We are honored to have Haviland Tennis Academy as the presenting sponsor of our Where Are They Now? article series at TennisRecruiting.net.

Haviland Tennis Academy is a new junior academy located in Greenville, S.C. We have a beautiful new tennis center that boasts 4 clay courts, 3 fast hard courts, and 3 slow hard courts. Additionally, all courts have lights for night play.

Our facility is dedicated to our junior program, unlike academies that are run out of membership clubs or parks, so there are never members occupying courts or getting in the way of our training sessions. We pride ourselves on having one of the most elite coaching staffs in the world, as our coaching staff is comprised of former Top 10 world ranked juniors, Junior Orange Bowl Champions, Junior Grand Slam Champions, College All-Americans, and formerly-ranked - as well as currently-ranked - ATP pros.

We offer all this while remaining one of the most affordable academies in the United States. Students at Haviland Tennis Academy can attend academy training sessions for 3 hours a day 6 days a week, have weekly private lessons, and get tournament coaching several times a month for a fraction of what it costs to attend just the academy training sessions at the majority of academies around the country. With top-notch coaching, a collection of world class players to train with and spar against, and extremely affordable prices, Haviland Tennis Academy offers everything an aspiring player needs to take his or her game to the highest levels.

Connect with Haviland Tennis Academy on Facebook and Instagram - or on their website.

 

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More "Where Are They Now?" Features

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In 1996, Chris Groer became the first All-America tennis player in the history of Vanderbilt University. He was also Vandy's first Academic All-American in tennis. Tennis remained a constant in his life - playing on the ATP Tour for a few years and now playing recreationally at a high level. We caught up with Groer to talk about his college tennis memories and his thoughts on the college game and its players today.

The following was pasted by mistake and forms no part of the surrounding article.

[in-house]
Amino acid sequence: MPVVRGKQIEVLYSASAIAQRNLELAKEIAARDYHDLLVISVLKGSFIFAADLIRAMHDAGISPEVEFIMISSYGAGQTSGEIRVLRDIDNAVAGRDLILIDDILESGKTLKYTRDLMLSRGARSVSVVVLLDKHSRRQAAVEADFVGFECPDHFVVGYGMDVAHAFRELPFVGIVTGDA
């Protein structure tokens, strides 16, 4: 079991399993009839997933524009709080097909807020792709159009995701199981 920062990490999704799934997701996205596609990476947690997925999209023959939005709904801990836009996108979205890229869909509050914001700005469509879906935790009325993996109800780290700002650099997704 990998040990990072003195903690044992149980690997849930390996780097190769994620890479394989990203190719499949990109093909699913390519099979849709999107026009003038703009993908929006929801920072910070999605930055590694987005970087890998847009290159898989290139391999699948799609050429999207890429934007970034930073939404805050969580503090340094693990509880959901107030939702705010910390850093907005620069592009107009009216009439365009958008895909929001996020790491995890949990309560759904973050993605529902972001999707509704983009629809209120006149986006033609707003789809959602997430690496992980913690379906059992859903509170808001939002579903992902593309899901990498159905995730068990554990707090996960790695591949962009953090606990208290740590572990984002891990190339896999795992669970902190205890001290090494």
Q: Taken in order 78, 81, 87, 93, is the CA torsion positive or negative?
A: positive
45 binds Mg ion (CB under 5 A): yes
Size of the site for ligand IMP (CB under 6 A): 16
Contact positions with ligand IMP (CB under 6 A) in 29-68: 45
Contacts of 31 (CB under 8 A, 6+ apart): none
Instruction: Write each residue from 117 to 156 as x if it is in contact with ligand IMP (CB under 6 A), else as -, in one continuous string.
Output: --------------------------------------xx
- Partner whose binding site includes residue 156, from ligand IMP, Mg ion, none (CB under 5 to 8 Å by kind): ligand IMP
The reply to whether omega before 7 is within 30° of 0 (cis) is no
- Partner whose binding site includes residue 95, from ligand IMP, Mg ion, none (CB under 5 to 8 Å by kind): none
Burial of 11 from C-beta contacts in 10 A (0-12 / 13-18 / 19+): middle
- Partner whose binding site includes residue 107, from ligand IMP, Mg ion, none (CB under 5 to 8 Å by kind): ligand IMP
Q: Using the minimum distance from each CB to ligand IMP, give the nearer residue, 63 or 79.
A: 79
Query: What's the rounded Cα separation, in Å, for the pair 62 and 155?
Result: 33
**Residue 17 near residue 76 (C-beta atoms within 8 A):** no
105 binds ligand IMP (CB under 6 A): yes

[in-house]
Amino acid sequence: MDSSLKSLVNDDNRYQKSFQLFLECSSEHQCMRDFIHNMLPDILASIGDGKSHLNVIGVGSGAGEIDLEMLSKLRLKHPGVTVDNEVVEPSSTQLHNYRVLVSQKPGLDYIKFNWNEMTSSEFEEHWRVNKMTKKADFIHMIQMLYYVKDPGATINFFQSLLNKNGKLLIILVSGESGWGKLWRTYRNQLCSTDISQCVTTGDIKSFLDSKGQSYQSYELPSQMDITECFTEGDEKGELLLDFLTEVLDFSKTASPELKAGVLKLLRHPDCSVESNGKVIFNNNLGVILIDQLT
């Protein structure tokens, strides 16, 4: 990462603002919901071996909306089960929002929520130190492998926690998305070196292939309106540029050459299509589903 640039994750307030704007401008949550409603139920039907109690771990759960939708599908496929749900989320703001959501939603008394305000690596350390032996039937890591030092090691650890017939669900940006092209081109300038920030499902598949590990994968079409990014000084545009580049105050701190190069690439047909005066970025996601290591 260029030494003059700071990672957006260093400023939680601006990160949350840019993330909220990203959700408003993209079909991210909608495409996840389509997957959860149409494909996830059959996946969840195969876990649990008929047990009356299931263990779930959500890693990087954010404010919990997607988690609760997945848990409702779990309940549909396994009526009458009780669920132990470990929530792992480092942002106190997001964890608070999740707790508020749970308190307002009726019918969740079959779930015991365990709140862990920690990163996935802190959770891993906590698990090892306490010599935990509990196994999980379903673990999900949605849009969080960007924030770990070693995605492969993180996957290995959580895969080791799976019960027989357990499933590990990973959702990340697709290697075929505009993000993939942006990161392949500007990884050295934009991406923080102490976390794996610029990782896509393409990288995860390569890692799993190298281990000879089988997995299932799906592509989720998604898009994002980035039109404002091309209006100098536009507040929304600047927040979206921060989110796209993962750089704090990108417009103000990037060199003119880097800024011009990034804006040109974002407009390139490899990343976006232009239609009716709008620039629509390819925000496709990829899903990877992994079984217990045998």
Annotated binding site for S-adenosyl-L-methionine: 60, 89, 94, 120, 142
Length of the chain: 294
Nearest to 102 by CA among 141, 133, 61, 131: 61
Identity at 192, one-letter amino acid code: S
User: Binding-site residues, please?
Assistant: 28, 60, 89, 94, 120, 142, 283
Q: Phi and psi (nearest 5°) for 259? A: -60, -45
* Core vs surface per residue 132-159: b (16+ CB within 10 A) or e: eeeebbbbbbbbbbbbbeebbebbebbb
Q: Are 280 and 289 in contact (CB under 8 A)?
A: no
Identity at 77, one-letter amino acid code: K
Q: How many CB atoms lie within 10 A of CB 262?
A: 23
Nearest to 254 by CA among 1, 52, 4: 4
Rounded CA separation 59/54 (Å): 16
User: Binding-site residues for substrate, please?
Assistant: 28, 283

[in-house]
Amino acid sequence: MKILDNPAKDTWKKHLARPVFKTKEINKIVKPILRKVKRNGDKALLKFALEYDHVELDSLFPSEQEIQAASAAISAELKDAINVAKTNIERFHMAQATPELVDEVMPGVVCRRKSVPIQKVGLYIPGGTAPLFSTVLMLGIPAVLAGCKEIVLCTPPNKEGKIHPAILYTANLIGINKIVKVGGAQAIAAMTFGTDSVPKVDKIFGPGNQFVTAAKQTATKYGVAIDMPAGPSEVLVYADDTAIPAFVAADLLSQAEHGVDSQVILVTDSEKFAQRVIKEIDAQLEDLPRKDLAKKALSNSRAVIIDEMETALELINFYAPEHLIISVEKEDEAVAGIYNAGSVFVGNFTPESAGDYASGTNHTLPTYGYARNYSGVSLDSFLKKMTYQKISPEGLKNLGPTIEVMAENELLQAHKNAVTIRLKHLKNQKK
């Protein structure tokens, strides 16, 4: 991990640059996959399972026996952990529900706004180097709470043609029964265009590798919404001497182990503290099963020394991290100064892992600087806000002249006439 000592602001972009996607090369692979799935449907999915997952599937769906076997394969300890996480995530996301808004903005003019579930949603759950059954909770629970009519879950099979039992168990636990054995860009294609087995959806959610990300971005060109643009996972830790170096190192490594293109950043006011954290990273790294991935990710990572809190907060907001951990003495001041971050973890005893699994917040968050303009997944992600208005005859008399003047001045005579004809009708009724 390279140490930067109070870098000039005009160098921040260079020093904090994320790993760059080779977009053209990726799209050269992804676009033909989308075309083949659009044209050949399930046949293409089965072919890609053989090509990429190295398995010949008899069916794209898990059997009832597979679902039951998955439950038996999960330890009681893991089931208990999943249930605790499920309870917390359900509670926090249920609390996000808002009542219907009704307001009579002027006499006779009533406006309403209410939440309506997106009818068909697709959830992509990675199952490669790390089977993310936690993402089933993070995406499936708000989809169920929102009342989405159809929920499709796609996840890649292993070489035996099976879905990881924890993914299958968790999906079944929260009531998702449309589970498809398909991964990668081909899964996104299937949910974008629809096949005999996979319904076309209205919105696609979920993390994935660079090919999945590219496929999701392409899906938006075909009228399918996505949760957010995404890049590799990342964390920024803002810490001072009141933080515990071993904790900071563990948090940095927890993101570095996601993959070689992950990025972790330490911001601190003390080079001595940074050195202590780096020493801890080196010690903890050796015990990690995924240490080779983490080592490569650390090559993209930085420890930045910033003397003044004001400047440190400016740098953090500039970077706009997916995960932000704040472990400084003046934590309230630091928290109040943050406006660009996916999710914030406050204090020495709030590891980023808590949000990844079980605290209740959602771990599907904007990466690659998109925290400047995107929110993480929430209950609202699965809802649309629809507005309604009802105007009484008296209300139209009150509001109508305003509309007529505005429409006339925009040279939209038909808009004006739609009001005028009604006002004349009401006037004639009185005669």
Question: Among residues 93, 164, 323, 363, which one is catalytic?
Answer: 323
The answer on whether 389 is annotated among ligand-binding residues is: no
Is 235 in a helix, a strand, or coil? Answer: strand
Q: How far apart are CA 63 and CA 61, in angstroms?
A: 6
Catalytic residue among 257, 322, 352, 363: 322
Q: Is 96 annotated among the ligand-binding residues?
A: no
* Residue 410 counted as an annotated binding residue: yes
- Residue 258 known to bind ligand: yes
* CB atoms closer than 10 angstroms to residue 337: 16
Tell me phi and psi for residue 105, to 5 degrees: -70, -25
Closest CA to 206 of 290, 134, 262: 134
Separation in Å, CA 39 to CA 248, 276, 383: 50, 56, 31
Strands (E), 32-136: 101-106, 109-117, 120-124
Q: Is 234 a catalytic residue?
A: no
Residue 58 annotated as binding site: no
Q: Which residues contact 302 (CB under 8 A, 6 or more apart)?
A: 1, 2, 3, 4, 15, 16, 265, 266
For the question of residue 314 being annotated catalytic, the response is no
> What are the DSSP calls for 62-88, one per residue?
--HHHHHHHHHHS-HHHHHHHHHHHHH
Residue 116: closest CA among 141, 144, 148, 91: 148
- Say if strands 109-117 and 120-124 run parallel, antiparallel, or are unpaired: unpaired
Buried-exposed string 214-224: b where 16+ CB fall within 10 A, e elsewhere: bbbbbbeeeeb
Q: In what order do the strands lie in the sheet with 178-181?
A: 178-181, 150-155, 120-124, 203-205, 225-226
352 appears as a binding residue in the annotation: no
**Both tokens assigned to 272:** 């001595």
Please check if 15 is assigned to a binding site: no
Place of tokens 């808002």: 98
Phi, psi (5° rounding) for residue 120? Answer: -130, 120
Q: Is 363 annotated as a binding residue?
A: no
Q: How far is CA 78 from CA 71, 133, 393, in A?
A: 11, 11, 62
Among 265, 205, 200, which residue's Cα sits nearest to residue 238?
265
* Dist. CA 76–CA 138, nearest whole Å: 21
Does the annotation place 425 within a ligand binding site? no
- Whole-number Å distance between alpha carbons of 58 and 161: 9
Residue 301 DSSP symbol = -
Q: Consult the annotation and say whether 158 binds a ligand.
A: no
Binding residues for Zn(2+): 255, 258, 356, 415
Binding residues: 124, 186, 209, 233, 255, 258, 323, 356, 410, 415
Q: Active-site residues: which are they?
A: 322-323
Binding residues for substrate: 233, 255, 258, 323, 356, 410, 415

25-Jun-2015
Conversation with Trinity Star Scott Levy
Scott Levy played tennis for Trinity College in Connecticut back in the early 2000s, where he was a big contributor for the Bantams. During his senior season in 2004, Levy posted a 14-2 record in singles and - with partner Jimmy Ames - a 10-3 mark in doubles. Levy graduated with career marks of 49-27 in singles and 22-9 in doubles with Ames. Harry Cicma of NBC Sports chatted with Levy about his experiences with junior and college tennis...

6-May-2015
Q&A with Utah State's Clancy Shields
At age 28, Clancy Shields is a rising star among men's tennis head coaches. His Utah State team, which went 9-16 in Shields' first season last year, finished 2015 with an 18-9 record and a second-place finish in the Mountain West Conference. It was only ten years ago that Clancy Shields was literally one of the original blue chips - ranked No. 3 nationally among high school seniors in TennisRecruiting.net's first-ever rankings. We caught up with Shields toward the end of the season...

 
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About Harry Cicma

When it comes to college tennis, Harry Cicma is your man. Cicma covers tennis and other athletic stories for NBC Sports, writing articles and producing video segments.

He is co-founder and host of World Tennis a weekly tennis show on NESN, and host of of Tennis Live Radio's College Corner.

Cicma competed as a junior in USTA/New England and went on to play college tennis at Rutgers University. As a professional, Cicma competed at the ATP Newport tournament and the San Jose Siebel Open. He reached a career-high #75 in the ATP doubles team rankings and #1262 in the ATP Entry System.

In media, Cicma has run the gamut. He has worked for NBC, CBS, ABC, ESPN, FOX Sports Net, the Tennis Channel, and World Team Tennis. Cicma has announced NCAA sports as well as the US Open Tennis Championships on both TV and radio.